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New App Lets You Feed A Syrian Refugee Child With One Click

The U.N. has launched a smartphone application where users can "share their meal" with a refugee child by donating 50 cents.

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A new app that allows users to feed a refugee child for a day has been launched by the United Nations' World Food Programme (WFP).

The app, called ShareTheMeal, was developed by Sebastian Stricker and Bernhard Kowatsch and allows people to quickly donate as little as 50 cents to feed Syrian refugee children in Jordan.

Stricker told BuzzFeed News on Thursday that he came up with the idea while trying to find a simple and innovative way people could donate to those in need.

"The idea came to me when I discovered it only costs 50 cents to feed a child in poverty for a day," Stricker said, citing calculations by the U.N. "I found that hard to believe and we figured if you could find a really simple way for people to donate money it would be an easy way for them to do good when they want and wherever they want.

"Smartphone users outnumber hungry children by 20 to 1. If enough people join in and 'share a meal' at breakfast, lunch, or dinner, we can achieve zero hunger in our lifetime."

During the app's test launch in Germany, Austria, and Switzerland in June, more than 120,000 users provided more than 1.8 million meals to children in need in the Southern African country of Lesotho.

The app launched globally on Nov. 12 and Stricker hopes the low donation request will help it prove successful the world over.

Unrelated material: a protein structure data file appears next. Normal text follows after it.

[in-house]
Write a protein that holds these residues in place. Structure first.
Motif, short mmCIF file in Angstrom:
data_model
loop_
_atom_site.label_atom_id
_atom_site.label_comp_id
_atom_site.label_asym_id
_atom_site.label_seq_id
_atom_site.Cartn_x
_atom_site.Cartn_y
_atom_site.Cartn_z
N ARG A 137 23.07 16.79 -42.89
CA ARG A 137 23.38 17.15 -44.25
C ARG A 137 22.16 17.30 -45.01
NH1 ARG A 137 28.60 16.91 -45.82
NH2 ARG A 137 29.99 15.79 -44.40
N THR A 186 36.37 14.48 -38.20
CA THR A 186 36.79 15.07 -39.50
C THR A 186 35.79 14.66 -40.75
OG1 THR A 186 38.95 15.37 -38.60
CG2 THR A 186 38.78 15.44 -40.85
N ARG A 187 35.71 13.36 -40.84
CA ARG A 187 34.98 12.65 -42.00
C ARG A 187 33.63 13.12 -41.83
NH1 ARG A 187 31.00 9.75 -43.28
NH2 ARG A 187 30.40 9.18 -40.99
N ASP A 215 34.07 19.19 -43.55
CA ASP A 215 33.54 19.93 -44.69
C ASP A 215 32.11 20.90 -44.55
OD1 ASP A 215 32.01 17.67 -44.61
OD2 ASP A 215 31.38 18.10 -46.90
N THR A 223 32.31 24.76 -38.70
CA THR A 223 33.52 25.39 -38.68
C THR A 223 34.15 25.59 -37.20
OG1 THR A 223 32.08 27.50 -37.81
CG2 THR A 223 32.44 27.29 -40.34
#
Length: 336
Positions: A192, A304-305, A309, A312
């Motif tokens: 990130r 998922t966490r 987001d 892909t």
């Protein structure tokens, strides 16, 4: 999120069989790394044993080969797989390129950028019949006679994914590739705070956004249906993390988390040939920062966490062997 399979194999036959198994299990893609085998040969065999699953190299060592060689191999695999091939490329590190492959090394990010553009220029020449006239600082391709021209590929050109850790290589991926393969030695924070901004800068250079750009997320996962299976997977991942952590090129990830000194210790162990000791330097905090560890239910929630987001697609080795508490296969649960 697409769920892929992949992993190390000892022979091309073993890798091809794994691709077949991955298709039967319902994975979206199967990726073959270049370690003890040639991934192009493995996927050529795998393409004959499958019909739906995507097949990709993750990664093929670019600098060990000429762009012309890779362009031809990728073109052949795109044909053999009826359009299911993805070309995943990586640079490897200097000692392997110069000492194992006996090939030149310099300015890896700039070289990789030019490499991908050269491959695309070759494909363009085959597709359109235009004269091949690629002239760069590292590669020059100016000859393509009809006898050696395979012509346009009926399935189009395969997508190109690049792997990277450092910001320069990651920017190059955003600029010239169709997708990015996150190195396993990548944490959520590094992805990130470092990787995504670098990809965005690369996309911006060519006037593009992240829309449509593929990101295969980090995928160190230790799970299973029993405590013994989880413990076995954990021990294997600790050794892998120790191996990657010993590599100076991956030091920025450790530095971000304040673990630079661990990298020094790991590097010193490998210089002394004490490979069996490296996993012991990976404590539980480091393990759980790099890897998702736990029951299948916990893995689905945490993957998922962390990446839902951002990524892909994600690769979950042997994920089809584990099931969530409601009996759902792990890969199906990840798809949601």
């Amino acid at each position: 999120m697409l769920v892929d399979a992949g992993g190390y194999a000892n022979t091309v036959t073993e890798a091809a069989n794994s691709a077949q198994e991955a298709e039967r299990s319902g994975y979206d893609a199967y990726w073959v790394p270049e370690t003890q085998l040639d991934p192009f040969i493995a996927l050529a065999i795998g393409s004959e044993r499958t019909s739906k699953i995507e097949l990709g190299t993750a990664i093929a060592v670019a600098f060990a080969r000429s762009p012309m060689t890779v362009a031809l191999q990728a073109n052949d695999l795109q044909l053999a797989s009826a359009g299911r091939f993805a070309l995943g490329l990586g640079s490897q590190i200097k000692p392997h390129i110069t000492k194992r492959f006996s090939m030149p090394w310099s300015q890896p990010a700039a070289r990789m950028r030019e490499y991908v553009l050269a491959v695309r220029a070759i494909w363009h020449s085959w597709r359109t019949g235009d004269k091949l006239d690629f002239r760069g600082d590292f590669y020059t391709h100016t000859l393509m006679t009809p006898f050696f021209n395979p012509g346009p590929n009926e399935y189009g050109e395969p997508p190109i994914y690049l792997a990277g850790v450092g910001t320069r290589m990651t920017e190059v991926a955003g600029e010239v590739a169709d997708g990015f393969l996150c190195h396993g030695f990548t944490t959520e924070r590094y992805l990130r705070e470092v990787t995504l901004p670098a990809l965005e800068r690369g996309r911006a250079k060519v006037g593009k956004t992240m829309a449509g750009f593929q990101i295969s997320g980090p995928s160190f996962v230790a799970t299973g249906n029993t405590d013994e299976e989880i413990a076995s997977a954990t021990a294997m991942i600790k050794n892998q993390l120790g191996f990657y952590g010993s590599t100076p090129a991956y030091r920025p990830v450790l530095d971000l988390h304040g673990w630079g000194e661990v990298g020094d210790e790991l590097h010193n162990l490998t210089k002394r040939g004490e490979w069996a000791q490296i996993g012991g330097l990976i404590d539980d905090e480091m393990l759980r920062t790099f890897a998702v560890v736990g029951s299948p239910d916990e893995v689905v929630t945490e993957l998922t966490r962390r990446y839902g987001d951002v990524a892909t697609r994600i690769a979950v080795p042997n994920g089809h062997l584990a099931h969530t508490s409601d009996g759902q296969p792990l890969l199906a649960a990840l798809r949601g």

Once users download the app and add PayPal or bank account details, they can donate as often as they like. Users can also follow the progress of their money and see how it is being spent.

At the moment donations from the app go to Syrian children in Jordan's Zaatari refugee camp who participate in WFP's school meals program.

According to the U.N. refugee agency more than 28,000 school-age children live in the shanty town, which lies just a few miles from the Syrian border.

Every family in the camp relies on the WFP for food assistance. There are three schools operating in the camp, with about 15,500 children enrolled.

If the app is successful globally, Stricker said, he hopes it will be used more widely to alleviate child poverty.

"The whole idea behind this project was to create a way people can use their smartphones to do good," he said.

"If this works I'd love to see how it can be used in other areas and by other charities to help.

"If people have suggestions or want to help us, we urge them to get in touch."

Users can donate as many times as they like, with donations beginning at 50 cents and rising in increments. The app defaults to the local currency in the country in which it is downloaded.

Alicia Melville-Smith is a homepage editor and reporter for BuzzFeed News and is based in London.

Contact Alicia Melville-Smith at alicia.melville-smith@buzzfeed.com.

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